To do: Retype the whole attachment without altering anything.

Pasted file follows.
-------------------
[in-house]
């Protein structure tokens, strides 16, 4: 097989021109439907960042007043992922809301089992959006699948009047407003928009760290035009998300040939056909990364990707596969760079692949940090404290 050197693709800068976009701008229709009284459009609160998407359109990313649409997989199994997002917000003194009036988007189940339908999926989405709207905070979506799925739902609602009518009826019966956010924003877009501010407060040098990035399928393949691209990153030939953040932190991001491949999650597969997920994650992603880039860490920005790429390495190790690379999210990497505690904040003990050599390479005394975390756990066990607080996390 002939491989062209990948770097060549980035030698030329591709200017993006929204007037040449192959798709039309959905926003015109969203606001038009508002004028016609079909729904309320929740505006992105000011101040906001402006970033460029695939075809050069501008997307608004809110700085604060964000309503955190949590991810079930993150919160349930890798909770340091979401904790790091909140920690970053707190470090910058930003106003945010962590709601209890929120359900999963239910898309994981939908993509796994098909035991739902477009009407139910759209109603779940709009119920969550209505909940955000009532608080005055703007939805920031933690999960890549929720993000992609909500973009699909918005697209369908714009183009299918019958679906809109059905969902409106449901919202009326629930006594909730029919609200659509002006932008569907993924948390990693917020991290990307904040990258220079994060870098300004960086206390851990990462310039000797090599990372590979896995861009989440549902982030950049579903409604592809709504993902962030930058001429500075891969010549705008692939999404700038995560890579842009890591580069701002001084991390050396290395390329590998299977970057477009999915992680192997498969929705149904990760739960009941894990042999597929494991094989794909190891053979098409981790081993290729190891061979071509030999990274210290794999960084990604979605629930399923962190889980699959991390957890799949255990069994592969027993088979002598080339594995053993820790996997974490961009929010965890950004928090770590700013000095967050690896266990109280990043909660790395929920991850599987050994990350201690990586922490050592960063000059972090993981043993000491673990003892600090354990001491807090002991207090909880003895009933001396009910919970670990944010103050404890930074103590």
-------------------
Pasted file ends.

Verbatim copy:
[in-house]
């Protein structure tokens, strides 16, 4: 097989021109439907960042007043992922809301089992959006699948009047407003928009760290035009998300040939056909990364990707596969760079692949940090404290 050197693709800068976009701008229709009284459009609160998407359109990313649409997989199994997002917000003194009036988007189940339908999926989405709207905070979506799925739902609602009518009826019966956010924003877009501010407060040098990035399928393949691209990153030939953040932190991001491949999650597969997920994650992603880039860490920005790429390495190790690379999210990497505690904040003990050599390479005394975390756990066990607080996390 002939491989062209990948770097060549980035030698030329591709200017993006929204007037040449192959798709039309959905926003015109969203606001038009508002004028016609079909729904309320929740505006992105000011101040906001402006970033460029695939075809050069501008997307608004809110700085604060964000309503955190949590991810079930993150919160349930890798909770340091979401904790790091909140920690970053707190470090910058930003106003945010962590709601209890929120359900999963239910898309994981939908993509796994098909035991739902477009009407139910759209109603779940709009119920969550209505909940955000009532608080005055703007939805920031933690999960890549929720993000992609909500973009699909918005697209369908714009183009299918019958679906809109059905969902409106449901919202009326629930006594909730029919609200659509002006932008569907993924948390990693917020991290990307904040990258220079994060870098300004960086206390851990990462310039000797090599990372590979896995861009989440549902982030950049579903409604592809709504993902962030930058001429500075891969010549705008692939999404700038995560890579842009890591580069701002001084991390050396290395390329590998299977970057477009999915992680192997498969929705149904990760739960009941894990042999597929494991094989794909190891053979098409981790081993290729190891061979071509030999990274210290794999960084990604979605629930399923962190889980699959991390957890799949255990069994592969027993088979002598080339594995053993820790996997974490961009929010965890950004928090770590700013000095967050690896266990109280990043909660790395929920991850599987050994990350201690990586922490050592960063000059972090993981043993000491673990003892600090354990001491807090002991207090909880003895009933001396009910919970670990944010103050404890930074103590």